Josh Thole was born Oct. 28, 1986, in Breese, Ill. That same day, in New York City, an estimated 2.2 million people lined the streets of Manhattan for a ticker-tape parade, exulting in the glory of the Mets’ World Series championship. Thole would love to be behind the plate the next time the Mets win a title, and at his age, he could have staying power. He held his own in 2011, with a .268 average and 40 runs batted in over 114 games as the Mets’ primary catcher. But while Thole caught 44 percent of potential base-stealers in 2010, that figure dropped to 21 percent with more exposure last season. Thole, who was mostly a first baseman early in his minor league career, also led the league in passed balls (16) and admitted to a lack of confidence on defense. Yet with no viable starter ready to supplant him in the system, the Mets will continue to trust in Thole and dream big dreams.
The Mets have little reason to spend money on their bench, which seems likely to be filled by fringe major leaguers and prospects or non-roster invitees who make a good impression in Port St. Lucie this spring. Justin Turner could see some playing time at second base, although Ronny Cedeno will be the primary middle infielder off the bench. Scott Hairston is a valuable pinch-hitter with some pop who can play multiple positions. Mike Baxter will get some opportunities to pinch-hit.
The Mets might not win many games, but it won’t be for lack of effort. Collins demands it, and his team displayed plenty of grit to even flirt with .500 last season. General manager Sandy Alderson and a sharp baseball operations staff will try to give Collins pieces to keep the team respectable enough to get the fans back. The Wilpons continue to seek investors while maintaining majority control of a franchise that incurred $70 million in losses last year.
Until the Mets completely settle their shaky finances, they will continue to avoid pricey additions, making the development of their mediocre farm system critically important. The upside is that their prospects should have plenty of opportunity to prove themselves, as Davis and Duda have done in recent seasons. But there’s hardly enough star power to make the Mets a playoff contender. The Mets already squandered the Reyes era without reaching the World Series. Wright is a proud company man, but at this point he seems to be lingering by the exit.
CF Andres Torres (S)
Profiles as a classic fourth outfielder who overachieved in 2010, but Mets will see if he’s more.
2B Daniel Murphy (L)
Will work extensively on the fundamentals of second base, to keep bat in lineup and avoid further injury.
3B David Wright (R)
If traded, his option for 2013 is voided and he can be a free agent after the 2012 season.
RF Lucas Duda (L)
Must get really tired of opposing PA announcers playing “Camptown Races” when he bats.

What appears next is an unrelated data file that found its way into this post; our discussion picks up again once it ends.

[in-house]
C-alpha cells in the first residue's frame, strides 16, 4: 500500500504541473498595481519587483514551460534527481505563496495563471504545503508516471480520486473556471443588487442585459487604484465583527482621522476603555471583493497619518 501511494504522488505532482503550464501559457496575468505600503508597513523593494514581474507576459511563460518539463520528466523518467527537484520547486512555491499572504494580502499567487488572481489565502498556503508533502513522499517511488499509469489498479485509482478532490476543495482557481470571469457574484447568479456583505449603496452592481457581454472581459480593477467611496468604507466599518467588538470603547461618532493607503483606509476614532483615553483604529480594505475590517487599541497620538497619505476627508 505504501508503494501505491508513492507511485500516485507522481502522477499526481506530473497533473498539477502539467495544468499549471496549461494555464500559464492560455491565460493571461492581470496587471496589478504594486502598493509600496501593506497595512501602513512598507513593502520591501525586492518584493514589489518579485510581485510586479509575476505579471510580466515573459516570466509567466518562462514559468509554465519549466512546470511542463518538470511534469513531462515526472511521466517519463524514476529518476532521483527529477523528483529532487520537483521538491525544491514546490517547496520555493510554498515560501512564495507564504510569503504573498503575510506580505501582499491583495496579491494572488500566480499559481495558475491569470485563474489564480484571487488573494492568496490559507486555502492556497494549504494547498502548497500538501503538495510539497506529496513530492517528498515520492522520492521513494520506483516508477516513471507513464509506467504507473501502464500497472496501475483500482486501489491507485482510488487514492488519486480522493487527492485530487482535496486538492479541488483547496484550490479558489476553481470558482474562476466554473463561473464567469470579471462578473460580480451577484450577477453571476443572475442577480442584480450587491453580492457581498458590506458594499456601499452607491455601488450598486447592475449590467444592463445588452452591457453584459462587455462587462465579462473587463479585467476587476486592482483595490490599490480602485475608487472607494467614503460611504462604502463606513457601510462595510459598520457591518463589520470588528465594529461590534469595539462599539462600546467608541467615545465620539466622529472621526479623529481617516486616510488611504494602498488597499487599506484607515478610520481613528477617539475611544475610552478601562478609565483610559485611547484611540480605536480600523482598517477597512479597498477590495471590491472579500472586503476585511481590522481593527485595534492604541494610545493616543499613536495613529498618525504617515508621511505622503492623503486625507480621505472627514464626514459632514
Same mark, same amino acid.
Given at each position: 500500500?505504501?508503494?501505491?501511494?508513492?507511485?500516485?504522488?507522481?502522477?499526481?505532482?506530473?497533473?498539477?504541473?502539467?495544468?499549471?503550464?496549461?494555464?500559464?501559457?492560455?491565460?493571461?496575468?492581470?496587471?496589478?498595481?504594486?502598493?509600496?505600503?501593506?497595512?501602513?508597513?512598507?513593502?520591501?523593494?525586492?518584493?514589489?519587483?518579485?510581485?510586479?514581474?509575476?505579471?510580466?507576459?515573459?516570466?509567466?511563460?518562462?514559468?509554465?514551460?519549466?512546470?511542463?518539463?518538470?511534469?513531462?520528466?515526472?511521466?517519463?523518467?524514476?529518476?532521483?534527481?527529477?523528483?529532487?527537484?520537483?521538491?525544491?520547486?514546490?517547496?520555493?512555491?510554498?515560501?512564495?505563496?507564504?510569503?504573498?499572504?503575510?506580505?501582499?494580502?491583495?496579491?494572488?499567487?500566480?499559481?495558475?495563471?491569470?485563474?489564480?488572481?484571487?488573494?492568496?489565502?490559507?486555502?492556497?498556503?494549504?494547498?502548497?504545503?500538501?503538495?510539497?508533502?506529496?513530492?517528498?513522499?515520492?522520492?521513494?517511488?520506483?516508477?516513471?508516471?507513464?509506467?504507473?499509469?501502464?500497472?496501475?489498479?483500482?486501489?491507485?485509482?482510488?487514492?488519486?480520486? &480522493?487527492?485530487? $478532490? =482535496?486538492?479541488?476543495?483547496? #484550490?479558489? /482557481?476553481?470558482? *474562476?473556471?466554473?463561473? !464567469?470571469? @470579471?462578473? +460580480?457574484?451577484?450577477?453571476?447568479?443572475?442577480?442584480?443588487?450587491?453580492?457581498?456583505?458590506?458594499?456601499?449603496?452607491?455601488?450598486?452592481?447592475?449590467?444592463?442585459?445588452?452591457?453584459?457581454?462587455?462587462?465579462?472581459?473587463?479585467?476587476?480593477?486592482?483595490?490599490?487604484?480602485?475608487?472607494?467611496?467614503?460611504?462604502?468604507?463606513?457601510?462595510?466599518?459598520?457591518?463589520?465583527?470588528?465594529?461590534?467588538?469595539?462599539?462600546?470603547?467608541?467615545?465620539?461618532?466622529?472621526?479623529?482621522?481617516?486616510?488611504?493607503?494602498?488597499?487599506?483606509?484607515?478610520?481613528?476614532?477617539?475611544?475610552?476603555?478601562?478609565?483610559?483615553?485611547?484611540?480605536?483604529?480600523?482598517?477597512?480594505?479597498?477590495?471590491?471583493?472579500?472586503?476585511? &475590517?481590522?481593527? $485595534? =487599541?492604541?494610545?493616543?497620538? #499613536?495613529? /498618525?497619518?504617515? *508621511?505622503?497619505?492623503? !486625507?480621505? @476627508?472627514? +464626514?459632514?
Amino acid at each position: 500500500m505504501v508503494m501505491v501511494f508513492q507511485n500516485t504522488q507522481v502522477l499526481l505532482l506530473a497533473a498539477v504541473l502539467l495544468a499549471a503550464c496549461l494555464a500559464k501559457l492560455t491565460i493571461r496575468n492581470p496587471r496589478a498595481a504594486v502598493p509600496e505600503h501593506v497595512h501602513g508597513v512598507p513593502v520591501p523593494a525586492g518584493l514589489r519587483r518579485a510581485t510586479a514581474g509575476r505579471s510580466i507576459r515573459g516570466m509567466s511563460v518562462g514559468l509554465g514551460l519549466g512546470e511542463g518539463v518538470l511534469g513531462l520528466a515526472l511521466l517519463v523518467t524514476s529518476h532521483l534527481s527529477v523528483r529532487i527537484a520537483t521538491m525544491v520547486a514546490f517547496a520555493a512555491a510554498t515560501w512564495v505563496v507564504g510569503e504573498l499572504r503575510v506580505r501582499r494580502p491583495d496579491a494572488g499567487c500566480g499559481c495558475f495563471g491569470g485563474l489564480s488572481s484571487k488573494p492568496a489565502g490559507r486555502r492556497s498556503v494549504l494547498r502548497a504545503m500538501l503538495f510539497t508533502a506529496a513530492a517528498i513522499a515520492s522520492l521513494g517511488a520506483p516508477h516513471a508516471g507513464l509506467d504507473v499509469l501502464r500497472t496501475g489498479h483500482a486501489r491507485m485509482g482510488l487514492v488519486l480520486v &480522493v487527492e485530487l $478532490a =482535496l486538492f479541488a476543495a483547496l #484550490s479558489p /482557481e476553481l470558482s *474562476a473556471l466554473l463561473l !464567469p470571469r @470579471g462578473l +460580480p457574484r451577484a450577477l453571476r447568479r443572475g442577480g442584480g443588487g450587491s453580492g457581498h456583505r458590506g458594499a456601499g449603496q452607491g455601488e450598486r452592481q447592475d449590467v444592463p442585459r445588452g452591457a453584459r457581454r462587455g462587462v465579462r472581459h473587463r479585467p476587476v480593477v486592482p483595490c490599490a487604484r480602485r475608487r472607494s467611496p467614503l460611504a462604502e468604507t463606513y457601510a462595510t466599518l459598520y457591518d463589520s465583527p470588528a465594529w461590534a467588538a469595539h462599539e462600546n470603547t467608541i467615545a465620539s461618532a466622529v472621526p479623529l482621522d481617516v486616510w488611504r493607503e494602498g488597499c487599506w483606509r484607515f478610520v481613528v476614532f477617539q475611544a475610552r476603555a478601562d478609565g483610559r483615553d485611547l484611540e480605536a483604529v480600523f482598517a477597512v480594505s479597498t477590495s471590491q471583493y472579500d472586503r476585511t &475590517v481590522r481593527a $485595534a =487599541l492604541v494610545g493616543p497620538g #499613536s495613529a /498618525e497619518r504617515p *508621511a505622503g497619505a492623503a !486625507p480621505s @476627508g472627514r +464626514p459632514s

LF Jason Bay (R)
His 18 homers in two Mets seasons are half the total he hit for Boston in 2009.
1B Ike Davis (L)
Had 20 RBIs in month of April, one of only 12 Mets ever to do so.
C Josh Thole (L)
After a slow start, hit .299 from May 26 through the end of last season.
SS Ruben Tejada (R)
If he can maintain his .360 OBP from 2011, he could rise to the top of the order.
UT Scott Hairston (R)
Can play second base or any outfield spot and provides some pop — hit seven HRs in 132 ABs in 2011.
2B Justin Turner (R)
Hit .350 (35-for-100) with runners in scoring position last season.
C Mike Nickeas (R)
Didn’t hit much at Class AAA, but manager Terry Collins likes his defense and attitude.
IF Ronny Cedeno
A .246 career hitter, but a solid defender at both short and second.
1B/OF Mike Baxter
Queens native has played in 709 minor league games, 31 games in the majors.
LH Johan Santana
After a year lost to shoulder surgery, how close can he be to the ace of old?
RH R.A. Dickey
Knuckleballer took a while to establish himself, but has many good years ahead.
RH Mike Pelfrey
Handed the Opening Day starting job last season — and proved he’s not an ace.
LH Jonathon Niese
Intercostal strain ended a promising season in August; can he move beyond a .500 pitcher?
RH Dillon Gee
Opponents’ batting average went up every month from June through September.
RH Frank Francisco (Closer)
New closer’s ERA was 5.92 at the All-Star break in 2011, but 1.37 thereafter.
RH D.J. Carrasco
Had a September to forget, allowing 21 hits in only seven innings.
LH Tim Byrdak
Across 415 career games, lefties are hitting just .206 off the former Rice Owl, but a torn meniscus will keep him out for a month or so.
RH Pedro Beato
Rule 5 pick started his MLB career with streak of 18.2 innings without allowing an earned run. Likely to start the season on the DL.
RH Bobby Parnell
Flamethrower averaged more than a strikeout per inning for first time in career.
RH Manny Acosta
Has a 3.22 ERA in 85 games for the Mets last two seasons, with more strikeouts than innings.
RH Ramon Ramirez
Of the six pitchers with at least 275 appearances since 2008, Ramirez has the lowest ERA, at 2.77.
RH Jon Rauch
Physically imposing at 6'10", 290 pounds, but fastball averaged just 89.5 MPH last season.
Other teams' 2012 Previews:
Los Angeles Angels
Los Angeles Dodgers
San Diego Padres
San Francisco Giants
St. Louis Cardinals